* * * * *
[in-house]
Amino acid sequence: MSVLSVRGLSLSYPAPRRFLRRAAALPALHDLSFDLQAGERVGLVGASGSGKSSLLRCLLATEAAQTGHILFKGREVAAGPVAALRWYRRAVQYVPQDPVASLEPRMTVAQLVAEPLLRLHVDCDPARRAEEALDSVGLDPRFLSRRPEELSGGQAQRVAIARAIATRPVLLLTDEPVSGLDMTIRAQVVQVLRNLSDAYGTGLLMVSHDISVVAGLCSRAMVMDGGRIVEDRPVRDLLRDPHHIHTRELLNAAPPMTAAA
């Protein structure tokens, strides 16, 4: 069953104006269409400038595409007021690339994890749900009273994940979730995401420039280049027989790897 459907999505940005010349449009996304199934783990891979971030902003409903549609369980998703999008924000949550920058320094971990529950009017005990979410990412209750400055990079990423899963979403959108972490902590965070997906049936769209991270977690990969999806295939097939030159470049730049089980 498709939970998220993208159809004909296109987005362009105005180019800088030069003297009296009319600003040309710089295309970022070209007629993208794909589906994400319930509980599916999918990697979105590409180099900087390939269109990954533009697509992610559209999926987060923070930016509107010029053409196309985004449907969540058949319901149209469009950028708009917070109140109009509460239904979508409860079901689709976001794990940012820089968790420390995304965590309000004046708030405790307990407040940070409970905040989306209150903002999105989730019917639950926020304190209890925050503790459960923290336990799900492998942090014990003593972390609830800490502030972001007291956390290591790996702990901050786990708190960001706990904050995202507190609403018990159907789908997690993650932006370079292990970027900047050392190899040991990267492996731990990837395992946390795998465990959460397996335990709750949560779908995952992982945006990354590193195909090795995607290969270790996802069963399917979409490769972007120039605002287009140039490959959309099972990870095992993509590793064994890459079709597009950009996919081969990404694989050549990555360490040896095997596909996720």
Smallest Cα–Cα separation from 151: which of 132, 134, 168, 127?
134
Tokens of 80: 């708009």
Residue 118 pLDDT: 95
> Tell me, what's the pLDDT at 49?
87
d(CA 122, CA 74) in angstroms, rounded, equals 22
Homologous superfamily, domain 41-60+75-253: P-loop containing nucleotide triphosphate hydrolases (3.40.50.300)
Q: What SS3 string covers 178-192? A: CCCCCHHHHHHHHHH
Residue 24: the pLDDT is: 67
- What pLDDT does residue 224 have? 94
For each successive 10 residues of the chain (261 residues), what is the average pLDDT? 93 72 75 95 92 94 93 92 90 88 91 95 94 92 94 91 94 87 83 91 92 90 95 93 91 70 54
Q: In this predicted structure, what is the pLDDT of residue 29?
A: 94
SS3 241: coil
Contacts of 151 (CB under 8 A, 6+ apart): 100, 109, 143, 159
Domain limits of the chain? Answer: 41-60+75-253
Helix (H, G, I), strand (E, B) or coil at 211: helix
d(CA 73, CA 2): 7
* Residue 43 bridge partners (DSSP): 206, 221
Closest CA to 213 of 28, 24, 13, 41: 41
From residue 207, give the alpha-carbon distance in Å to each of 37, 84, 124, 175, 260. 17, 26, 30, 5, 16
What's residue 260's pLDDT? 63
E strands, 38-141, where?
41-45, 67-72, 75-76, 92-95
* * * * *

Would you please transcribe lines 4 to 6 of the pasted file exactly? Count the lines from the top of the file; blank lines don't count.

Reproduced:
Smallest Cα–Cα separation from 151: which of 132, 134, 168, 127?
134
Tokens of 80: 């708009």